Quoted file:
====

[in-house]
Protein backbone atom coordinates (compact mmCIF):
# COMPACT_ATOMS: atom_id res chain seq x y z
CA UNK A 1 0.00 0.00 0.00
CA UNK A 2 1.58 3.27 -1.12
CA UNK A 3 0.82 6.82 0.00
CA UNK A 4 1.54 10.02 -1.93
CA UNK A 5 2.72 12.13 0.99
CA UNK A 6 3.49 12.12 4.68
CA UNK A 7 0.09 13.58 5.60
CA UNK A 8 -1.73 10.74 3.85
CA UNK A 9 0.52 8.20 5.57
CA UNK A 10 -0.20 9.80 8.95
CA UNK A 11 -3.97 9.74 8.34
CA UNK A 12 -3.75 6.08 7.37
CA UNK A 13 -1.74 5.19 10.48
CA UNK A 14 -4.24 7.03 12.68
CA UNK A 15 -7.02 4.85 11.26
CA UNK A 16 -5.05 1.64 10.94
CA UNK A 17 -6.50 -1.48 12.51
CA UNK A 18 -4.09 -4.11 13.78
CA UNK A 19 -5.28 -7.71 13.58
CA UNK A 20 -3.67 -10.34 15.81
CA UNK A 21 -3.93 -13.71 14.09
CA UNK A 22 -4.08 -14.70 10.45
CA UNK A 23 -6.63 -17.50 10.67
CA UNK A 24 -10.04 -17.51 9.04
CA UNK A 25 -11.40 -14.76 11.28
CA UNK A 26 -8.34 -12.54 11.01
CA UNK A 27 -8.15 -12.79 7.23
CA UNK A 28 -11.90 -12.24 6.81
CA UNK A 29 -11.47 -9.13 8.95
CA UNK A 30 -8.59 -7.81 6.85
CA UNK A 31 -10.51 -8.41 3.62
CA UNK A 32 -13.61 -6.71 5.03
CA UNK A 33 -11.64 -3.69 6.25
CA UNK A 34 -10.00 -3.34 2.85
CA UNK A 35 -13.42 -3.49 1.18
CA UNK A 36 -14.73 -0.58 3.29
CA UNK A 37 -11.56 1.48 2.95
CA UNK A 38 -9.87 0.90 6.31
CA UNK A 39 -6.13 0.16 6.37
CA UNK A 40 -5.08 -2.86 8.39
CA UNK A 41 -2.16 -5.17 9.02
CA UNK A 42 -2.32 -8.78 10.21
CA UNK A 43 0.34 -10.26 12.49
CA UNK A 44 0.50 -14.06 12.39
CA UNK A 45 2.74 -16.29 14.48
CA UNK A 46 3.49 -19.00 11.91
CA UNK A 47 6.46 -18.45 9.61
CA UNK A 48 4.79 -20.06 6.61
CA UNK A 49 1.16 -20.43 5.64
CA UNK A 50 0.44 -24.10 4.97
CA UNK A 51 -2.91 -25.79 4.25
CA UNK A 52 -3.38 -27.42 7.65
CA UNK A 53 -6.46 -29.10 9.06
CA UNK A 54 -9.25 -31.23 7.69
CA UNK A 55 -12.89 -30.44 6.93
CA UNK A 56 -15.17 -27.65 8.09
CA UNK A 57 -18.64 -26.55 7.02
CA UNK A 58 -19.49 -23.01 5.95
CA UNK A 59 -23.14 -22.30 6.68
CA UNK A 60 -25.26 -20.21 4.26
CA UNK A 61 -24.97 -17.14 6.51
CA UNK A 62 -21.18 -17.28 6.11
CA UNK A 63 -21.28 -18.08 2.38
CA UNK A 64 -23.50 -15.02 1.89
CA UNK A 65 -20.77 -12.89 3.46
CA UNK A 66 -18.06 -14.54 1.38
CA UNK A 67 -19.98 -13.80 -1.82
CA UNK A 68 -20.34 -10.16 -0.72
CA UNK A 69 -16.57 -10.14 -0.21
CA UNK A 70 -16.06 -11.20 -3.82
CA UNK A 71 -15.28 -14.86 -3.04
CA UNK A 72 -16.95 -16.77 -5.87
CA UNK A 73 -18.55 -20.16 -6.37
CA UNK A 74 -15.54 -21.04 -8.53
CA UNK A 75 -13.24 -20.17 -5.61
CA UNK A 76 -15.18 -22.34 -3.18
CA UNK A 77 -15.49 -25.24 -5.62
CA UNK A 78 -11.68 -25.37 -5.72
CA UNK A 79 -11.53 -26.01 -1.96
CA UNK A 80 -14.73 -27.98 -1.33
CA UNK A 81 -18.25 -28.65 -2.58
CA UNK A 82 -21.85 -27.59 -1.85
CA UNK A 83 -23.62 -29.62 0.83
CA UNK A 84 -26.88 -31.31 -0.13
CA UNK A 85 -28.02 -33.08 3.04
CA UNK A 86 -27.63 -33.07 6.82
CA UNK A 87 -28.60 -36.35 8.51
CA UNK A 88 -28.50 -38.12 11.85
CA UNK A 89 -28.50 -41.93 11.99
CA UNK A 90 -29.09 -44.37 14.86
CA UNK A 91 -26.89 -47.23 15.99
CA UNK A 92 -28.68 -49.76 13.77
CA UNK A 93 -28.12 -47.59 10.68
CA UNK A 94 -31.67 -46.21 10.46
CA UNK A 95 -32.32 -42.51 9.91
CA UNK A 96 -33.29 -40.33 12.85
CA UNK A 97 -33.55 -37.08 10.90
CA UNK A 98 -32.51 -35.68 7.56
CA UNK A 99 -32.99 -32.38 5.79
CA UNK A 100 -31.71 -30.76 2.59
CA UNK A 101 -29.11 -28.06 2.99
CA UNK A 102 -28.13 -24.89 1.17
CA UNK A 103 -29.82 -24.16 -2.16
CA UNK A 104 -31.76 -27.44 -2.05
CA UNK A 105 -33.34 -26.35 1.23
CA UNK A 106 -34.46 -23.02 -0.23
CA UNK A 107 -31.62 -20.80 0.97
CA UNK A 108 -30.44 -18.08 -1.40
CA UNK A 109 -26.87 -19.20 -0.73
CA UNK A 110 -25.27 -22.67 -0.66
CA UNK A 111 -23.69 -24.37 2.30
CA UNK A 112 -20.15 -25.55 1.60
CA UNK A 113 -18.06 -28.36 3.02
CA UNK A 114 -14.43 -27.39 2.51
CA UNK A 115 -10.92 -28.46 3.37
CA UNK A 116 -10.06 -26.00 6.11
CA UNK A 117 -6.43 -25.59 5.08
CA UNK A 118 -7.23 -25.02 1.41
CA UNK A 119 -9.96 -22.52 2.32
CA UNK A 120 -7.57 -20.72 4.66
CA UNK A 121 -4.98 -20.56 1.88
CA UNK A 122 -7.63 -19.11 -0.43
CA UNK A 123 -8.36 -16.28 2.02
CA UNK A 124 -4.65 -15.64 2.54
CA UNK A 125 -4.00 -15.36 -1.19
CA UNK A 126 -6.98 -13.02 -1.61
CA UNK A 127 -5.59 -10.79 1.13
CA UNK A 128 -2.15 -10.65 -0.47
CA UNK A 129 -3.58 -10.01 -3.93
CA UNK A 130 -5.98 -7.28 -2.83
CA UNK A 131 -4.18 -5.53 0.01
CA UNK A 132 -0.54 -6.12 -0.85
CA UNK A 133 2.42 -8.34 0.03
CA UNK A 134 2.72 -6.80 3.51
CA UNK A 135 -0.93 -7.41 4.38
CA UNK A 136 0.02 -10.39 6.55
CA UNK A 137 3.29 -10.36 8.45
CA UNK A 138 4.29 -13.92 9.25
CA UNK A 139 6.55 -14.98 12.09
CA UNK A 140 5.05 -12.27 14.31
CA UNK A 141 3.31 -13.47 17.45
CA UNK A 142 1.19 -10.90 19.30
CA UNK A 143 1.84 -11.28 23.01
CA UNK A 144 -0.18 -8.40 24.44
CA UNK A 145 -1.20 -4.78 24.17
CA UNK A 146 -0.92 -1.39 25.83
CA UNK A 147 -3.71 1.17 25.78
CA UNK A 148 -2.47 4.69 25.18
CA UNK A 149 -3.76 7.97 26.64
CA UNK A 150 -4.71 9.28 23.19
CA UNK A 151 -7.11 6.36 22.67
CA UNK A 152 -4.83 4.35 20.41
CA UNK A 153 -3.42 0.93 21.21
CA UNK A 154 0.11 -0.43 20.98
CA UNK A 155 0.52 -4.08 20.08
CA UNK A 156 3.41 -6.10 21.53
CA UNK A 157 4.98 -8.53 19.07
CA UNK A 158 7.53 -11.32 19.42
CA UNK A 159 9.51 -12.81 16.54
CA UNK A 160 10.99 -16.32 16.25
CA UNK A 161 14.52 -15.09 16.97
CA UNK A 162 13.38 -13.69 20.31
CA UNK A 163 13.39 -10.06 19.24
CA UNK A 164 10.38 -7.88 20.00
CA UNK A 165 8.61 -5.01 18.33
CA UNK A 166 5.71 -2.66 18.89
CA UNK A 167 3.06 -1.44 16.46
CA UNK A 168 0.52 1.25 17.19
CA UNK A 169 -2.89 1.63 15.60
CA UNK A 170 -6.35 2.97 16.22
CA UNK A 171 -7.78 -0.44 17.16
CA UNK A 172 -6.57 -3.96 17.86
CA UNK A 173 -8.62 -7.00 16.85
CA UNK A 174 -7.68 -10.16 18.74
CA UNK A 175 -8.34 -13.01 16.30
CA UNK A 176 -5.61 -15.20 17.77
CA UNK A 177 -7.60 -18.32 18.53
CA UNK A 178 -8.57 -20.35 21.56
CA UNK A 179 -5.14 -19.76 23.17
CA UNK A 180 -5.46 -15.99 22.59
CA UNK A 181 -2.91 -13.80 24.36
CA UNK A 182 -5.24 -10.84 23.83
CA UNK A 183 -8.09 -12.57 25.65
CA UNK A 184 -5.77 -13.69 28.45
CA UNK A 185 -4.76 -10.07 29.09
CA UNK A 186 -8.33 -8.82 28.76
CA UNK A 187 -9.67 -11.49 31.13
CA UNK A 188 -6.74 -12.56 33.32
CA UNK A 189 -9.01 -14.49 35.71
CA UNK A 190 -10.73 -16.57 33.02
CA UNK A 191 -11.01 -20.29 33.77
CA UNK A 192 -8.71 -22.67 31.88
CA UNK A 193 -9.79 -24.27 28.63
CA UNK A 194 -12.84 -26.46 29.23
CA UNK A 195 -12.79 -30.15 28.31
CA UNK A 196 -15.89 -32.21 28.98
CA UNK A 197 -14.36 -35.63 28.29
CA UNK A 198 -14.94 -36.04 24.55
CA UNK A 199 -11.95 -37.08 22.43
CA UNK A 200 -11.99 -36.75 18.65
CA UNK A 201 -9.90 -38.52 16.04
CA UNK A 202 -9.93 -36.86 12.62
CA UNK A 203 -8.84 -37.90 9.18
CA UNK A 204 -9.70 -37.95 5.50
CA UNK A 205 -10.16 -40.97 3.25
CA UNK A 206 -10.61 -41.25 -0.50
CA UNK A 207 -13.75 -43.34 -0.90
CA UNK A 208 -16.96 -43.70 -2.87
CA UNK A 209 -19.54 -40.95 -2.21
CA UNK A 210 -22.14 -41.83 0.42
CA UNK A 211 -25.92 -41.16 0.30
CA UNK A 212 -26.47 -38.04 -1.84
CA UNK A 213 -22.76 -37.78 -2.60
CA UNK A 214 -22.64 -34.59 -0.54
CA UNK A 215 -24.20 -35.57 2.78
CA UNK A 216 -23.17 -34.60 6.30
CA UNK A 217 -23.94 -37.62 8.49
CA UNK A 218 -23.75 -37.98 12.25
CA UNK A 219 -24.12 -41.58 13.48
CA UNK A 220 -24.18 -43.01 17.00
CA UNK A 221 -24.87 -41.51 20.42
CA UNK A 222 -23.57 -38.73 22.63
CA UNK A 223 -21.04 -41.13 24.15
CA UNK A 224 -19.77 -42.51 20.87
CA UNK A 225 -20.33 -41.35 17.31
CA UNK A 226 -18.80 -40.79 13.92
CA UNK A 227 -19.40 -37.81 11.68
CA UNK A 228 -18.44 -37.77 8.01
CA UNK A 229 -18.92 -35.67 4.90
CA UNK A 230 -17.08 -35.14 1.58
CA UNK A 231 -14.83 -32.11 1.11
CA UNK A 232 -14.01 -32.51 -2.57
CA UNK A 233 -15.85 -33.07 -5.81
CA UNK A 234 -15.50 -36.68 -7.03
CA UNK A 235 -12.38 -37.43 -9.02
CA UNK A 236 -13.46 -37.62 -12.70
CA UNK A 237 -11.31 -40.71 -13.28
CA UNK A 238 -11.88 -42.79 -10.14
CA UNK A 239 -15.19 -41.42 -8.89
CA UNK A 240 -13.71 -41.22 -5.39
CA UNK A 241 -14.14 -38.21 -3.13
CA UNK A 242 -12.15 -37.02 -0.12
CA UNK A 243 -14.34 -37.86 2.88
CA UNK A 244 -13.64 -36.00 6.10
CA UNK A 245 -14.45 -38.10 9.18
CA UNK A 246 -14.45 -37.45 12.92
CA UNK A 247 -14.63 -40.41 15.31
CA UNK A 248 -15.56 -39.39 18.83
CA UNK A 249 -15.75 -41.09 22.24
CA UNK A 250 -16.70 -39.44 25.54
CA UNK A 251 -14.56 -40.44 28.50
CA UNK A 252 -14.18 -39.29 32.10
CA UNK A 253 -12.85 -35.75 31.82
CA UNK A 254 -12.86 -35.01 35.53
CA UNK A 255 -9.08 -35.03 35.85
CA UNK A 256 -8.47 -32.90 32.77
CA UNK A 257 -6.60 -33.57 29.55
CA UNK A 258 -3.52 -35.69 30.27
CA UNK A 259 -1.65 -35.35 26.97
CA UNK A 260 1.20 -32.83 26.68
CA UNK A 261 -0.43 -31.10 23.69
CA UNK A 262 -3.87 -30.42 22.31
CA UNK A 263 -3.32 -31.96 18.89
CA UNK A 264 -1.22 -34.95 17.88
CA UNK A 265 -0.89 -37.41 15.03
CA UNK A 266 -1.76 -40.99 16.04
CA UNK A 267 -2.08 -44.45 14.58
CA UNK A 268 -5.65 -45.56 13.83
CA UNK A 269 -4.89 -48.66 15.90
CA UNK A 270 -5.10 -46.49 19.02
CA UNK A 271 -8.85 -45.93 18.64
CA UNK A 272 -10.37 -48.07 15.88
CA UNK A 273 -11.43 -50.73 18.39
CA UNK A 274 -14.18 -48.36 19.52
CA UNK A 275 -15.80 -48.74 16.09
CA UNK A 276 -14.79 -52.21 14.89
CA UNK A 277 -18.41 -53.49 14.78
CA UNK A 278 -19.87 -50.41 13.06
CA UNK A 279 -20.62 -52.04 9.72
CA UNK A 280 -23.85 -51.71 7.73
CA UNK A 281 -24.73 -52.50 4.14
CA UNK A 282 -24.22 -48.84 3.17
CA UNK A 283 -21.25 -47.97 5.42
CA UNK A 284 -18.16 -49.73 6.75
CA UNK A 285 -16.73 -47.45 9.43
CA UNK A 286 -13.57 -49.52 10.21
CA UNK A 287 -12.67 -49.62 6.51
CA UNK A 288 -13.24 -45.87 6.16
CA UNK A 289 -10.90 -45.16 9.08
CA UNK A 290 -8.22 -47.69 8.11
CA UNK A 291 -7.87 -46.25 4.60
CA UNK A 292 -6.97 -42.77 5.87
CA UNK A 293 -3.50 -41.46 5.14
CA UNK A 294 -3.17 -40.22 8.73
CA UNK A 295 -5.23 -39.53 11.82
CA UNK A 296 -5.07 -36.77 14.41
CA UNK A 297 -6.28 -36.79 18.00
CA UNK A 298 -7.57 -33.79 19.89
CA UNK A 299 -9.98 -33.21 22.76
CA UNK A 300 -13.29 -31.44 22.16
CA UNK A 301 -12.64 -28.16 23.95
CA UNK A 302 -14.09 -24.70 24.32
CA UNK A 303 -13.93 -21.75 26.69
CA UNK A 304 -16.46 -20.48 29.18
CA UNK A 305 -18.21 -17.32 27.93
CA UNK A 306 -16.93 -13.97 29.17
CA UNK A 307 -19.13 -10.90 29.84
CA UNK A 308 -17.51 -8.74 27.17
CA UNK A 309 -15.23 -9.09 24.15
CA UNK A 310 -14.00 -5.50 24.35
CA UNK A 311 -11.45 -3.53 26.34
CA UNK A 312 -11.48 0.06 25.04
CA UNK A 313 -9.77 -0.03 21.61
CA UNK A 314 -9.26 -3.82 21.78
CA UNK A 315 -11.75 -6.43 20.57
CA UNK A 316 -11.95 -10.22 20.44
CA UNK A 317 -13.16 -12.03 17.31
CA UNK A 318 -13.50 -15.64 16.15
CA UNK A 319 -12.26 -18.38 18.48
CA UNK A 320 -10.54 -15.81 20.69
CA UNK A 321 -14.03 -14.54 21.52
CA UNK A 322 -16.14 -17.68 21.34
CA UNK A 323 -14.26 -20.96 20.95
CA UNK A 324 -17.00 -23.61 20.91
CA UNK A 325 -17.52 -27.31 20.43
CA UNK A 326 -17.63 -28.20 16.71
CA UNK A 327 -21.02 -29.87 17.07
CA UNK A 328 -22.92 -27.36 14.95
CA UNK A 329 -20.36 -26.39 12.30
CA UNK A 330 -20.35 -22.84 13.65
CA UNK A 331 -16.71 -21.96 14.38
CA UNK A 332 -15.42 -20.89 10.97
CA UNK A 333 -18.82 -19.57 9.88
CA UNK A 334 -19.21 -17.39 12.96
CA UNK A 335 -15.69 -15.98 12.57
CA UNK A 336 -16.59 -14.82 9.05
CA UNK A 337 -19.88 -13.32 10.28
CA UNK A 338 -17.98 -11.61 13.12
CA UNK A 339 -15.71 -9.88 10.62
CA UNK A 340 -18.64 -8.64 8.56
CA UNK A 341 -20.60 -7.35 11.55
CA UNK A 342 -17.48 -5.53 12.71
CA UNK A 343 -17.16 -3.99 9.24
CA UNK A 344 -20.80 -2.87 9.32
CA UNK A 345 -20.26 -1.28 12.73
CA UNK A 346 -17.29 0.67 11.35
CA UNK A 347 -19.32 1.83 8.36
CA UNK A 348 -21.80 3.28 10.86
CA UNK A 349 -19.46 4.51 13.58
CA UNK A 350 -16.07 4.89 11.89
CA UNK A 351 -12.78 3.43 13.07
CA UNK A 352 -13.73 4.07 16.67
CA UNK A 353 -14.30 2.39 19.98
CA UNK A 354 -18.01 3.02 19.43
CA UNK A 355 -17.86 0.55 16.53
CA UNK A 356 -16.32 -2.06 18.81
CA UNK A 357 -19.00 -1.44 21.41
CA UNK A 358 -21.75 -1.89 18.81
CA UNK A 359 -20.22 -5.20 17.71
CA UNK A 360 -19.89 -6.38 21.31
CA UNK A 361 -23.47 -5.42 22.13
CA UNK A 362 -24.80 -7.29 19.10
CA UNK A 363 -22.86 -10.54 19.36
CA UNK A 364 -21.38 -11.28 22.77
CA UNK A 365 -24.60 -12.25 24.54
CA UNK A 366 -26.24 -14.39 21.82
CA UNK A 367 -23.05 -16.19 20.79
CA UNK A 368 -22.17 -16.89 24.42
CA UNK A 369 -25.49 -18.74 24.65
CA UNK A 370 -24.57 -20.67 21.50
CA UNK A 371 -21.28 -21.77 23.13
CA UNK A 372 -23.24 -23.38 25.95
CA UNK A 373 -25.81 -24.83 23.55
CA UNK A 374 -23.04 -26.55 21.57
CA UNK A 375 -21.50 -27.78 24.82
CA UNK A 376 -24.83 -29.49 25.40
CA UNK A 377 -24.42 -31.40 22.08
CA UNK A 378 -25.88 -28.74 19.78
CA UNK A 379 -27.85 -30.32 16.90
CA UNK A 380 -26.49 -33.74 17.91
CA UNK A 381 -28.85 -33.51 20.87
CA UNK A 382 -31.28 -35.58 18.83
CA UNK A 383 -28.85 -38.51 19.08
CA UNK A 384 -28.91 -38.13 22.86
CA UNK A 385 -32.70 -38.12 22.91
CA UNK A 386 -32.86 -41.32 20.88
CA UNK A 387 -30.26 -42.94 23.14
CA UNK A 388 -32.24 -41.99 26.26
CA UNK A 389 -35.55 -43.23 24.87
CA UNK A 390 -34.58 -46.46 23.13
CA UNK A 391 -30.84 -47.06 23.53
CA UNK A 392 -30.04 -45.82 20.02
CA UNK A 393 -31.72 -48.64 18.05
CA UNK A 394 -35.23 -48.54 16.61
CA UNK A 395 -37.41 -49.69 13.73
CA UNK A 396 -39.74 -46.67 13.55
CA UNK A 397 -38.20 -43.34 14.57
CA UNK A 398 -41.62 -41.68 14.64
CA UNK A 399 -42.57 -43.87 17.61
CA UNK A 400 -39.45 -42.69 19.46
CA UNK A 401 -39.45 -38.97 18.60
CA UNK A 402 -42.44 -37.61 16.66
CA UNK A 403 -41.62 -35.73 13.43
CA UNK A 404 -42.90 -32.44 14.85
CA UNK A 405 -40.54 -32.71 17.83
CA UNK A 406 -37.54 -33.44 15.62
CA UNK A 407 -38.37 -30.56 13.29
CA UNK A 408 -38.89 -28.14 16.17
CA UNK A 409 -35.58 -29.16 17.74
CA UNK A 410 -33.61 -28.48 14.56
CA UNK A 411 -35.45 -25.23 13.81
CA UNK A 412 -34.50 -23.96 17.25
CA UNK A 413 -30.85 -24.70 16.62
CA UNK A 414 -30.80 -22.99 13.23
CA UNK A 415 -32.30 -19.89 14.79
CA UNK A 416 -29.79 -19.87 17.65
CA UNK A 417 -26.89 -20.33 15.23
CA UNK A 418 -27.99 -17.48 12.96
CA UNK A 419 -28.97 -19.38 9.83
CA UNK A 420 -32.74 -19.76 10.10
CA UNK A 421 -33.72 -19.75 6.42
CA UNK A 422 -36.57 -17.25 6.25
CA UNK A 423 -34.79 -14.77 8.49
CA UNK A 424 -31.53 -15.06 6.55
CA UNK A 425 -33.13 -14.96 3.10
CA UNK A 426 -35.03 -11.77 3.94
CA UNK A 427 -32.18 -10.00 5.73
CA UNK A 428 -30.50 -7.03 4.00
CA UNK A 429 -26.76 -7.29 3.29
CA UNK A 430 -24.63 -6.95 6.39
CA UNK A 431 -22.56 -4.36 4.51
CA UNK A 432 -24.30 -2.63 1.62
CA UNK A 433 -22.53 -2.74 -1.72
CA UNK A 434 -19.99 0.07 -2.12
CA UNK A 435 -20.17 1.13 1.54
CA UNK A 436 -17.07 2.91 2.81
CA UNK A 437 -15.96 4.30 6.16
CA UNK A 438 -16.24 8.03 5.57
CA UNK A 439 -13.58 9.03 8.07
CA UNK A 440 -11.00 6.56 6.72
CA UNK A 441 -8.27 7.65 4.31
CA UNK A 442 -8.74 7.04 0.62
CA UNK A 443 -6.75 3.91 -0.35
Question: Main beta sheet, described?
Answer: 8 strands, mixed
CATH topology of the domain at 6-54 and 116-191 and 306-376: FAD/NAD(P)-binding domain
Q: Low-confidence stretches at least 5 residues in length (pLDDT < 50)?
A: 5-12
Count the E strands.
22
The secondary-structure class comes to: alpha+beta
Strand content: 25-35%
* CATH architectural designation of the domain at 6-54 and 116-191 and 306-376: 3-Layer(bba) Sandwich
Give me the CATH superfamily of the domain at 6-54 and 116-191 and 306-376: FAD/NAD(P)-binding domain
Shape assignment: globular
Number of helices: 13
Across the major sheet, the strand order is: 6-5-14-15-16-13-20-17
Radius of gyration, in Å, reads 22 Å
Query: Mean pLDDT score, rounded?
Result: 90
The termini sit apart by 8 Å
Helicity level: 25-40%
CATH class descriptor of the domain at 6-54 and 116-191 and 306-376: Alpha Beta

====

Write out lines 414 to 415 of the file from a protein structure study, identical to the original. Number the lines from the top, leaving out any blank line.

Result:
CA UNK A 411 -35.45 -25.23 13.81
CA UNK A 412 -34.50 -23.96 17.25